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Published: Sunday, December 03, 2017 @ 10:33 AM
WRIGHT-PATTERSON AIR FORCE BASE — A major gateway damaged when a car crashed into it leaving a gate unable to close will cost at least $85,000 to repair and take until later this month to fix, according to a Wright-Patterson spokesman.
Gate 22B off Interstate 675, was damaged in the early morning hours of Nov. 22 in the incident, according to authorities.
EVOL Ltd. & DCI JV, of Dublin, Ohio was awarded an $85,000 contract to complete repairs by Dec. 22, said Wright-Patterson spokesman Daryl Mayer. A gate canopy was also damaged, he added in an email.
Once an Ohio State Highway Patrol report is reviewed, the base will decide whether or not to seek restitution for the cost of repairs, Mayer said in an email.
The gate temporarily switched to 24-hour operations after the incident, Mayer has said.
Gate 19B off National Road, which normally is the 24-hour gateway in Area B, changed daily operations to 6 a.m. to 6 p.m. Monday through Friday.
An emergency medical services crew transported the driver to Soin Medical Center for treatment after the crash, authorities have said. The motorist, a Dayton man who was driving a Dodge Challenger, was issued a traffic citation, a Highway Patrol spokesman has said.
Published: Thursday, March 22, 2018 @ 10:30 PM
WRIGHT-PATTERSON AIR FORCE BASE — Secretary of the Air Force Heather Wilson told newly minted “technical leaders” of the Air Force Institute of Technology to never stop asking why and to be innovators who build strong and trusted relationships to solve the nation’s national security challenges.
Wilson, an Air Force Academy alumnae and former Rhodes scholar at Oxford, spoke Thursday night to more than 240 AFIT graduates among an audience of 1,200 at the National Museum of the U.S. Air Force.
Among three key points of advice, the top Air Force civilian leader told graduates to be critical thinkers who challenge assumptions about why.
“You will also now serve as technical leaders and as leaders in technology and science you have to learn four important words. You have to learn to say, ‘that’s not good enough.’”
The secretary cited recent hypoxia-like incidents among pilots experiencing oxygen loss in some of the most sophisticated aircraft, such as the F-35 Joint Strike Fighter, and more basic training aircraft such as the propeller-driven T-6 Texan, as an example to keep asking why and not be pressured to cut short the search for answers.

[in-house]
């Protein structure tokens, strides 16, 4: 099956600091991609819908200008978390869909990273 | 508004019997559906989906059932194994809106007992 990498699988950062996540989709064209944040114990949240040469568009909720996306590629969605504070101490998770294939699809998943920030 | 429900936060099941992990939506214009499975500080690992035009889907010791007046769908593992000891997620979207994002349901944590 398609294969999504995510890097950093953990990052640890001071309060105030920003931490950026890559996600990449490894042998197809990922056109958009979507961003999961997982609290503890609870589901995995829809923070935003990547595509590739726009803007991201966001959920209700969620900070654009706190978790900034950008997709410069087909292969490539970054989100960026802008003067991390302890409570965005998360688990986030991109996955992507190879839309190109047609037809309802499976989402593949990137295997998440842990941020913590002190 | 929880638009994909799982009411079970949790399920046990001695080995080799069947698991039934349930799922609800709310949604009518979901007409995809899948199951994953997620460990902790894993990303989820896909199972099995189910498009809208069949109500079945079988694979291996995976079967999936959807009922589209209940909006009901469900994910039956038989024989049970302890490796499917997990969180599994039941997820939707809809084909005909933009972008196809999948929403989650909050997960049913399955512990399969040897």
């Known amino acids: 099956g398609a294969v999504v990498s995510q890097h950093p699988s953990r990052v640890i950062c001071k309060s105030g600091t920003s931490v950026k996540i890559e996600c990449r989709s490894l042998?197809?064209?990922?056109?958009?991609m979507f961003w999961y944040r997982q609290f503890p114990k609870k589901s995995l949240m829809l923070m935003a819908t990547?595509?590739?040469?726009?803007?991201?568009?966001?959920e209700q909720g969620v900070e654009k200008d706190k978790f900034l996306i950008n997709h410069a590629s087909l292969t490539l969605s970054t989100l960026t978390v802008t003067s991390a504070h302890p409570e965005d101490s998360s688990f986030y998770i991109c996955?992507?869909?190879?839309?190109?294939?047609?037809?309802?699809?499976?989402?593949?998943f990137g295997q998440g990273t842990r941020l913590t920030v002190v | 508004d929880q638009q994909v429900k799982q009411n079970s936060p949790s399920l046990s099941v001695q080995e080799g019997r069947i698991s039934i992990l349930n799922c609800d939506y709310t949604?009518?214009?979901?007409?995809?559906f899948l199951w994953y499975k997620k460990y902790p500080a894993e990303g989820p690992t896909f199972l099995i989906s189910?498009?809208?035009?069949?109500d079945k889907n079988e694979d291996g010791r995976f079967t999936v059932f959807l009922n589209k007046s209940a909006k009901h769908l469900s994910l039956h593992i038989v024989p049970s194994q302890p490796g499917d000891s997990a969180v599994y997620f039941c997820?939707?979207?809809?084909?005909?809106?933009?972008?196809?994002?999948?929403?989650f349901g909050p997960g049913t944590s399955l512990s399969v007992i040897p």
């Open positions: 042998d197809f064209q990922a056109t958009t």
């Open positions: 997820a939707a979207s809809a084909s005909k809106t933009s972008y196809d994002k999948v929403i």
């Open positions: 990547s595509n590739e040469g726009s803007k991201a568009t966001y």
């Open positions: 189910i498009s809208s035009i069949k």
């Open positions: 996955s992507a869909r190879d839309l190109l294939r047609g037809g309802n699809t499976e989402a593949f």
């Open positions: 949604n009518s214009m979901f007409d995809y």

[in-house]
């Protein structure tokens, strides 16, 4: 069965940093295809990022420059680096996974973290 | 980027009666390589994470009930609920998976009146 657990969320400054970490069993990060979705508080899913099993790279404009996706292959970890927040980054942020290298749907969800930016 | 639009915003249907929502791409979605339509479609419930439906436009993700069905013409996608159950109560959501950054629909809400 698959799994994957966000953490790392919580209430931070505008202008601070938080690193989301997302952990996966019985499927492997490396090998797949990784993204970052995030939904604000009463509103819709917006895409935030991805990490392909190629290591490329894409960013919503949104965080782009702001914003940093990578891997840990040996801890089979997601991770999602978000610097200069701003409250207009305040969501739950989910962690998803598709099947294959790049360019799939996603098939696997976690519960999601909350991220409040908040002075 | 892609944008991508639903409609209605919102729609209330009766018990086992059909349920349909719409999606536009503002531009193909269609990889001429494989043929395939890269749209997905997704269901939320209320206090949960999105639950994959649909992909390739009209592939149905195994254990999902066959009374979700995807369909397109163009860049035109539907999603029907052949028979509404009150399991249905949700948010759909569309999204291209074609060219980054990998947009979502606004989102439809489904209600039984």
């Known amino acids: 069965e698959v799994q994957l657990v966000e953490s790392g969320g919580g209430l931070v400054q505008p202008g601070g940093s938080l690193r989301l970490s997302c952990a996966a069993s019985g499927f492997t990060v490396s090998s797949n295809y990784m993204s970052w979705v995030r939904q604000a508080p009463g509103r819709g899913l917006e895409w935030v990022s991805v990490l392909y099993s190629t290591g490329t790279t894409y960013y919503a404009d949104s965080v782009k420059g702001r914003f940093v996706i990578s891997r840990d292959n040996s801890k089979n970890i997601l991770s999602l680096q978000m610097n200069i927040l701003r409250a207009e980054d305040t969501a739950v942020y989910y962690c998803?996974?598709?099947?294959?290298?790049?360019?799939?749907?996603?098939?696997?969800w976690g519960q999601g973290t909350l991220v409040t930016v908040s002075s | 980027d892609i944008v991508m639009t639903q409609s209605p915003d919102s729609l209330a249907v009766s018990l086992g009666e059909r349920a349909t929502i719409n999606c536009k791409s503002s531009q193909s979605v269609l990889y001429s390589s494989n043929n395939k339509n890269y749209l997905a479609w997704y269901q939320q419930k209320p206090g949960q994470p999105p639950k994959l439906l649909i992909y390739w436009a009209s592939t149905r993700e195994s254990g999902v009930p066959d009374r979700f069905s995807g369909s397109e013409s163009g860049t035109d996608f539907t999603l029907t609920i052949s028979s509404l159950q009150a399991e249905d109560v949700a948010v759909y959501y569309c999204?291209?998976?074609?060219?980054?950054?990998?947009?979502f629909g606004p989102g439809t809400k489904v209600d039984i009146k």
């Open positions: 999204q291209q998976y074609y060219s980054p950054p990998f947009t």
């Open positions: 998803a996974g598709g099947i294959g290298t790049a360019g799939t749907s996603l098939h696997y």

She told graduates they should not be afraid to say no, even to superiors, until a solution is known.
Wilson told them they must also be innovators.
EXCLUSIVE INTERVIEW: Air Force leader says total dominance not a ‘birthright’
“Innovation doesn’t come from requirement statements,” she said. “There was never a requirement statement for a silicon chip. There was never a requirement statement for Uber. There was probably wasn’t a requirement statement for GPS.
“If you’re not making mistakes as an engineer, you’re probably only proving that what you already know really does work,” she said. “That’s not innovation. We need you to push the bounds of what you know.”
The high-flying, record-breaking Lockheed SR-71 Blackbird spy plane with a needle-like sleek shape demanded overcoming a series of technical problems, from aviators in space suits ejecting at extreme speeds and altitudes to heat-resistant glass that wouldn’t distort surveillance cameras view.
“The result was an air-breathing monster faster than a speeding bullet,” she said. “What would your innovation be?”
Developing trusted relationships is the third key, Wilson said.
“The work that you are about matters, and the people matter more,” she said.
From her time at the Air Force Academy to serving on the national security council staff, the former New Mexico congresswoman said she could count “on one hand” people she could call on at any time.
“Those kinds of relationships are built over a long period of time are priceless in your life,” she said.
The Air Force’s top leaders listen and trust each other and see things from different perspectives to address national security issues, she said.
“You have everything to gain as young officers and civilians in the Air Force to see alternative perspectives, to find your partners in crime who are going to push you and make you better because steel sharpens steel,” she told AFIT graduates.
“The United States Air Force relies on the most advanced technology to defend our nation and project power in the air and space around the globe,” Wilson added. “We’re going to lean on you. We’re going to lean hard on you as the next generation of scientists and engineers in air and space.
Published: Wednesday, March 21, 2018 @ 6:34 AM
WRIGHT-PATTERSON AIR FORCE BASE — Snowy conditions have put Wright-Patterson Air Force Base on a three-hour delay this morning, according to the base’s website.
The weather also has delayed school and work activties across the region.
WHIO-TV meteorologists were projecting three to five inches of snow and gusty winds throuhg 8p.m. Wednesday.
Published: Tuesday, March 20, 2018 @ 2:00 AM
WRIGHT-PATTERSON AIR FORCE BASE — Secretary of the Air Force Heather Wilson will speak to the graduating class of the Air Force Institute of Technology on Thursday.
The trip will mark the Air Force secretary’s second trek to Wright-Patterson since last year when she was part of a gathering of key Air Force leaders at Corona Top.
She will speak to 241 graduates of AFIT’s Graduate School of Engineering and Management in a speech at the National Museum of the U.S. Air Force.
AFIT marks its 99th year in 2018.
Published: Monday, March 19, 2018 @ 4:33 PM
WRIGHT-PATTERSON AIR FORCE BASE — Federal and local leaders said Monday they will work together on concerns tainted groundwater at Wright-Patterson Air Force Base could reach a city of Dayton well field.